LC: You know – what can I say? After that, I got about 3,000 followers and then it just grew and grew and grew. Now I have 16,000 followers which is ridiculous. But anyway, it meant that when the MD for this was looking for a trumpet player and they came across me from a video someone had taken of me and they looked me up on Instagram, I had all these videos of me doing transcriptions. And so he got what I was about, knew what I was capable off, I guess. And when he called me, he said, “you don’t need to audition. I’ve seen your Instagram. When can you start?” basically, which was mind-blowing to me because I’ve never experienced anything like that before. So, pretty crazy, but a good lesson for social media, I guess.

WH: Amazing! You mentioned in an email that you were working last year in the USA with a circus.

LC: Yes.

WH: Could you tell us a bit more about that?

LC: I would love to. Again, it’s a long story. I did a lot of DJ Live bands and different groups and acts, and I ended up, with one of the gigs, going to Connecticut for this very prestigious private event for this man who makes cars. And it was very expensive. They had flown in us, they’d flown in different clients, and they’d also flown in this circus group called Quixotic Cirque Nouveau, which is Cirque du Soleil-esque stuff. And we did the gig, I was feeling a bit rebellious, kind of got a bit pissed, and met one of the project managers for the circus who was also coming from the same place as me. We were both a bit anti this whole private gig.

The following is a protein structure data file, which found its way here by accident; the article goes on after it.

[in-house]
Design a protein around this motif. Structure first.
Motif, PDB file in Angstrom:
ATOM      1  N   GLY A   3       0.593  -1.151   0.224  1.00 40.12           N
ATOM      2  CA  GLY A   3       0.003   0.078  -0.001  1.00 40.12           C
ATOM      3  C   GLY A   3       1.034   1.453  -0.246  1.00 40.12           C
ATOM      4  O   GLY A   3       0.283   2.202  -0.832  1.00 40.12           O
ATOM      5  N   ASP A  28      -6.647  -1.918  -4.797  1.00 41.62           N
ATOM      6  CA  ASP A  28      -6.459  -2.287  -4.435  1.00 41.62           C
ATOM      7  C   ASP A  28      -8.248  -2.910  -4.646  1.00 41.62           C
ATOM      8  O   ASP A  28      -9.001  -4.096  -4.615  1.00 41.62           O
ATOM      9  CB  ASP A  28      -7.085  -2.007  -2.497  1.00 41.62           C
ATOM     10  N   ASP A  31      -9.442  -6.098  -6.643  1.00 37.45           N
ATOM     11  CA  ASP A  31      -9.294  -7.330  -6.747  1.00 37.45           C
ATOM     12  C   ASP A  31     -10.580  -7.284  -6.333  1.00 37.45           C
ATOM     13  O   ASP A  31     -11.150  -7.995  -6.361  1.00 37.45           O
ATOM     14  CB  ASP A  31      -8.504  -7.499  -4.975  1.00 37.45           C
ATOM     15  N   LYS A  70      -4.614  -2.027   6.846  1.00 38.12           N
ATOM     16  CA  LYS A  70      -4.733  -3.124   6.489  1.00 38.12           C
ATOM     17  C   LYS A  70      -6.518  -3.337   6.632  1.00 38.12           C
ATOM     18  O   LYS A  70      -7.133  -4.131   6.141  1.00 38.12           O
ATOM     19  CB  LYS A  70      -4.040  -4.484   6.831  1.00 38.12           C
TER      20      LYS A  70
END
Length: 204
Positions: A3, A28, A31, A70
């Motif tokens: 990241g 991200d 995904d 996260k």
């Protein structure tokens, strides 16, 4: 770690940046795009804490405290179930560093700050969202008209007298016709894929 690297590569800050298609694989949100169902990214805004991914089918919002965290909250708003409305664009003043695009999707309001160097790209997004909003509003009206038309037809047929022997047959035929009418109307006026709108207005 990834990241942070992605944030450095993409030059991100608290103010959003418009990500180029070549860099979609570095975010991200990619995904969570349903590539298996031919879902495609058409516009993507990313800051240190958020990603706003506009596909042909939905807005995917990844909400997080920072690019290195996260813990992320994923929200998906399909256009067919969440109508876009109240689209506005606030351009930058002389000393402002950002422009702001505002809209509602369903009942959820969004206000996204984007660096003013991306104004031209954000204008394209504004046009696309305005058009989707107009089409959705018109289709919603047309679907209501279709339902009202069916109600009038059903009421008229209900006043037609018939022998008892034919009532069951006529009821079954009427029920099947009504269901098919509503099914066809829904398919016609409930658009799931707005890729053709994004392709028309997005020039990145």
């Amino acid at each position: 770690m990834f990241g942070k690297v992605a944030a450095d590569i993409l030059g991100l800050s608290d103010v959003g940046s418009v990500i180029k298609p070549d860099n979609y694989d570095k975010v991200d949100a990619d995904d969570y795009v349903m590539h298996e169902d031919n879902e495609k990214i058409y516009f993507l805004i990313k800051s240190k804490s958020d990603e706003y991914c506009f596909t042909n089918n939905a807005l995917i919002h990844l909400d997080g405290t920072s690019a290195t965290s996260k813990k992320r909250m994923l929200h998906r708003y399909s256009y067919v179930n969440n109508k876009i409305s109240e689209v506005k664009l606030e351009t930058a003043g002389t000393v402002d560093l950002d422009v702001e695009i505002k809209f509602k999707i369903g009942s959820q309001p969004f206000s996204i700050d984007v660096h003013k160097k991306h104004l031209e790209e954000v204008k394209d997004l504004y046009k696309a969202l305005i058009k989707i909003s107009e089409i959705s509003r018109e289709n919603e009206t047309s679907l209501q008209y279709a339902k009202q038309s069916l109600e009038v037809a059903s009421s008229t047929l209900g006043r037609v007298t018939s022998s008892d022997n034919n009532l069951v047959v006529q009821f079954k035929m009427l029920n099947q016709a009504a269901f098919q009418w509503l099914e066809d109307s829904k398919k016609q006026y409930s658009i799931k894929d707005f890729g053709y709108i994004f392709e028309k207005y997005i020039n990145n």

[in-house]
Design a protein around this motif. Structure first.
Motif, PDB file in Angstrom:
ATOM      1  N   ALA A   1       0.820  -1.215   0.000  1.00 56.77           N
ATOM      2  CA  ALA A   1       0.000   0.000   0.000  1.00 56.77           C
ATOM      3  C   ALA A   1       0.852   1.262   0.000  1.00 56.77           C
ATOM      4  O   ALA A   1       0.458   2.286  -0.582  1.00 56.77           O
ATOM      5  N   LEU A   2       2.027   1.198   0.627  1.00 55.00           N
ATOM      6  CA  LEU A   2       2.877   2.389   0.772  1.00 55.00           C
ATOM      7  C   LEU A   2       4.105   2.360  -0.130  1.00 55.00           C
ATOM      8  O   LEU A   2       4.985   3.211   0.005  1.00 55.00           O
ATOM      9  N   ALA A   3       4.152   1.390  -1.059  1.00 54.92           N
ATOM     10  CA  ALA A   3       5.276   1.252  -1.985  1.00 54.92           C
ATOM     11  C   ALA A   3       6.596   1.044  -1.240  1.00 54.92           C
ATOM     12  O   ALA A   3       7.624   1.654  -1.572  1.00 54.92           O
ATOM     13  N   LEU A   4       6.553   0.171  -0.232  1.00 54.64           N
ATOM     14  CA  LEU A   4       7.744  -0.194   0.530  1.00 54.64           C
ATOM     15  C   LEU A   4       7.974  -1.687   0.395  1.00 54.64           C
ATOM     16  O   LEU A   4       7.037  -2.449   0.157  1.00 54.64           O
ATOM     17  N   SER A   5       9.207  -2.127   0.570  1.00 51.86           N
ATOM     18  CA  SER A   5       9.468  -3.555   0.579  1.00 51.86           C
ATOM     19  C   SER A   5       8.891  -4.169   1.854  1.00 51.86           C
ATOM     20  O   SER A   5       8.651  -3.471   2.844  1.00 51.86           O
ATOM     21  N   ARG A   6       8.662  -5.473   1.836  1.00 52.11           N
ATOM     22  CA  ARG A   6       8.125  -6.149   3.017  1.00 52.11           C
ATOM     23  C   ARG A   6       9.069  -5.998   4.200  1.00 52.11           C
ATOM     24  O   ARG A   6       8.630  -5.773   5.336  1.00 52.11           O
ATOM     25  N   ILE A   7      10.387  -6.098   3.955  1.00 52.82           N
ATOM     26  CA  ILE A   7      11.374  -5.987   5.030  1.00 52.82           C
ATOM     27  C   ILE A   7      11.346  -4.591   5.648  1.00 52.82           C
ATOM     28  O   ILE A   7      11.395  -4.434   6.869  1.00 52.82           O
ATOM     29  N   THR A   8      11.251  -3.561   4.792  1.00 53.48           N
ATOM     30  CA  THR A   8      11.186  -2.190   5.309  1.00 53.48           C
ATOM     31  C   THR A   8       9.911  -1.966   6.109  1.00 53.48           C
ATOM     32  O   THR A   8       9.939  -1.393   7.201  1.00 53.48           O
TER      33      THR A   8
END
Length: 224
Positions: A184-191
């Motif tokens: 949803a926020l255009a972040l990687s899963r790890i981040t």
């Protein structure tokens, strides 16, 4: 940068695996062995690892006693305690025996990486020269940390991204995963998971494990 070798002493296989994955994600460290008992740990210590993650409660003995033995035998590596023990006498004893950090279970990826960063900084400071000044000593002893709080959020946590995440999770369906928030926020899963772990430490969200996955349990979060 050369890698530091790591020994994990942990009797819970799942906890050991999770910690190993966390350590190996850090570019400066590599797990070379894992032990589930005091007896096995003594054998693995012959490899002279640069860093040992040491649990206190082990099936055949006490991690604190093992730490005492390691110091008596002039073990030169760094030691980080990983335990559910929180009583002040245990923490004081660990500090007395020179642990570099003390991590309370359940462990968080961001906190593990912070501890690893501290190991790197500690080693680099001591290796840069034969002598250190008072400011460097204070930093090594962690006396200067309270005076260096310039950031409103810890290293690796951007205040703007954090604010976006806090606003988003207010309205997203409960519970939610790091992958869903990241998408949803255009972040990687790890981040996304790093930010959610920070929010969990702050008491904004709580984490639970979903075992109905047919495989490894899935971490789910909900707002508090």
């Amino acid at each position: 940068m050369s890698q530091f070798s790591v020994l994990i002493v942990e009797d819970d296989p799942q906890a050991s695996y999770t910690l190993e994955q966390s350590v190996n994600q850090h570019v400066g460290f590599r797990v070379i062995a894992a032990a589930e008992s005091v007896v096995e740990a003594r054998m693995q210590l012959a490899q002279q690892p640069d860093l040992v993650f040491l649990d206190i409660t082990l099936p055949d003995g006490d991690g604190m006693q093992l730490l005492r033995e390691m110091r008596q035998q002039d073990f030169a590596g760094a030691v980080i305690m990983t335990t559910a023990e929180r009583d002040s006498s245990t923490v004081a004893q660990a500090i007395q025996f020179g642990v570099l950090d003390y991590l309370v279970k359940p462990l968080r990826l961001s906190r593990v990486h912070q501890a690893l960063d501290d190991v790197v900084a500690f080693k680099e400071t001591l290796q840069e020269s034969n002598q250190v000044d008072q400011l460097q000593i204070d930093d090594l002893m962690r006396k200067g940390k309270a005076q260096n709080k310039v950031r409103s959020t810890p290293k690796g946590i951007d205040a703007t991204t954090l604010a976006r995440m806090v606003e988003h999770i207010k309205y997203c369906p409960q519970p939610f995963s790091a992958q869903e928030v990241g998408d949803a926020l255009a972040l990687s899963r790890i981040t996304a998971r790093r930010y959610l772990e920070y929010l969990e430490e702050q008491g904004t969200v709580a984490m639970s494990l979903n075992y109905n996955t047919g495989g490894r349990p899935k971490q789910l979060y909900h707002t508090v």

We became really close friends and when I did a gig for Camila Cabello at Wembley Arena and it went on Youtube, she showed her boss that and then they got me down to Art Basel, which is an art festival in Miami over December. They flew me out to that. I had a week with this incredible group of contortionists, fire-breathers, aerialists, on Miami Beach, and it was one of the best experiences of my life.

And after that they asked if I wanted to take it a bit more seriously and so I sorted my own visa out and I went out and it was incredible.

WH: You ran away to join the circus.

LC: I ran away to join the circus! And, funnily enough, I remembered that my Dad had done the same thing at 18 – he went to join the circus; fed the elephants and played the organ. (Laughing) So, a family thing, I guess.

WH: Did you learn any new circus skills?

LC: No, I didn’t, annoyingly I didn’t. I tried the silks, but you need upper body strength so I wasn’t really good at any of that. But now, funnily enough, on the George tour, everyone in the band, it turns out, are exceptional jugglers. So in my time off I’ve been trying to learn some juggling tricks.